The Controversial Tech Behind The Missing Titanic Submersible

The Controversial Tech Behind The Missing Titanic Submersible
Written by Techbot

OceanGate Expeditions’ Titan submersible vehicle, which embarked on an underwater tour of the Titanic’s historical wreckage, still hangs in uncertainty while rescue operations are in full swing. The Titan, which was carrying five passengers, lost contact with the surface communication ship just shy of two hours after it was detached from the launch platform aboard the research vessel named Polar Prince. Government and private authorities are putting in all efforts to rescue the five-person crew, but so far, they haven’t had any luck.

Titan’s design, maneuvering systems, and safety protocols have attracted questions since the company first started offering Titanic sightseeing rides to its rich clientele at $250,000 per person. The company’s unorthodox approach to not getting the Titan submersible “classed” by a regulatory authority also raised concerns as it continued with its underwater sight-seeing services. Moreover, the ship’s unique engineering has led many to believe that a successful rescue mission is going to be extremely difficult.

A game controller and touch displays

CBS reporter David Pogue was part of a Titan crew in 2022, during which he revealed a few worrying nuggets of information about the submersible vessel’s design. For example, he said that the vessel was piloted with a Logitech F710 wireless game controller that had some modifications done, such as substituting the direction joysticks with a pair of custom sticks for better navigation.

Now, one can argue that if the U.S. Navy can use Xbox 360 controllers with its submarines, why can’t the Titan? Well, there’s a crucial difference here: the Navy uses the controller to operate a submarine’s periscopes rather than relying on it to maneuver the vehicle. As well, the Logitech F710 is a cheap controller that was first released on the market more than a decade ago. When it comes to matters of life and death, it seems like using such an old, inexpensive controller is an unusual choice.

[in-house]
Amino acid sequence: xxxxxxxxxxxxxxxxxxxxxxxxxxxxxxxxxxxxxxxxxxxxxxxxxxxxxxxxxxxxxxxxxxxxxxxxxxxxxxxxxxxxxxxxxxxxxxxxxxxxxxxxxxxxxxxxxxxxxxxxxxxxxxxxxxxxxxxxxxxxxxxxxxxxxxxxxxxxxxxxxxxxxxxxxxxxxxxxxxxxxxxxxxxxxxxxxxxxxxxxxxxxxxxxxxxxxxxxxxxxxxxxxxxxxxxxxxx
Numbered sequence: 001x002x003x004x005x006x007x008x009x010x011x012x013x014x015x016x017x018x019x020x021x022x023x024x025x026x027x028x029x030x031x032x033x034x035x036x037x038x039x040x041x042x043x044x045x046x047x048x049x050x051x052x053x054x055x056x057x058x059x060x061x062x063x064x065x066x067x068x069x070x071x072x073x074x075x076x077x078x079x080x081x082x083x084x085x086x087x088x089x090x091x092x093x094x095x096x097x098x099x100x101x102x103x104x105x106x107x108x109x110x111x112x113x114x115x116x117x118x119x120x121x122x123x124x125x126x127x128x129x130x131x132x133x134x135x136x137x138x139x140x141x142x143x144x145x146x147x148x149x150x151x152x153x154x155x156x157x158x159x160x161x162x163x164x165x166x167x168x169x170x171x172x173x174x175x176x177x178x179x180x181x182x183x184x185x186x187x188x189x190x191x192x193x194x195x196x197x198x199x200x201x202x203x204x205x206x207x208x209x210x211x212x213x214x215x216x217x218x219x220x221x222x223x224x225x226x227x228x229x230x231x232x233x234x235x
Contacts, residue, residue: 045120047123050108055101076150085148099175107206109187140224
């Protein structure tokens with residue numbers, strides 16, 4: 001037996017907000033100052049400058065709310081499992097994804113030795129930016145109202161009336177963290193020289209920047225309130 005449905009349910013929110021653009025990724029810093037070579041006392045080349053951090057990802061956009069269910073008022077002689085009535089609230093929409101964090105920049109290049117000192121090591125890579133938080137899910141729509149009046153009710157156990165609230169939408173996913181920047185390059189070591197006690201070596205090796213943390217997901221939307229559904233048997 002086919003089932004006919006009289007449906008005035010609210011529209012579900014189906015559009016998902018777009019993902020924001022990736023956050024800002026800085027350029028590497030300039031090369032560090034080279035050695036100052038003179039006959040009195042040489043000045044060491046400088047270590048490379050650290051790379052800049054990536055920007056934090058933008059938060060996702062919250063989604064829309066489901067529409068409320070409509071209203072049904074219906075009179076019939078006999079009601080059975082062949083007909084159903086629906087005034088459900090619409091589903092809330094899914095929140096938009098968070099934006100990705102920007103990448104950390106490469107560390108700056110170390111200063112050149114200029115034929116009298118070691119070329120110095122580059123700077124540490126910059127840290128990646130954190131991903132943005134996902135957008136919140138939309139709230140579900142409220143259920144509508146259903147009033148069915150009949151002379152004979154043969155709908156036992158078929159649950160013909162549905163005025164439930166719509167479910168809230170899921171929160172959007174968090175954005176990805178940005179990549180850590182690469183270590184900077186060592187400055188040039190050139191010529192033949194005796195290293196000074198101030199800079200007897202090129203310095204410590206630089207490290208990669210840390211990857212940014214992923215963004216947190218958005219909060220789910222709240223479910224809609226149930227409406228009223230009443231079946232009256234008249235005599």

In addition, there is said to be only a single button inside the vessel (to turn it on), with the rest of the control systems involving computers and digital displays — much in the same way that many modern cars have replaced buttons and dials with touch screens. While the design was intended to make operating the submersible a low-skill task, that same design may be a problem if the submersible has lost all electrical power, particularly as it is dependent on Starlink for communications.

The door can only be opened from the outside

Because Titan is a submersible rather than a submarine, it cannot bring itself back to the surface — rather, it is dependent on a nearby ship, which it also relies on for navigation. To help get around that, submersibles are typically designed with a drop weight designed to break free from the vehicle after a certain amount of time has passed, after which point the submersible will bob to the surface of the ocean. The Titan is equipped with this kind of drop weight, as well as reflectors and other features that would make it more visible to nearby vessels.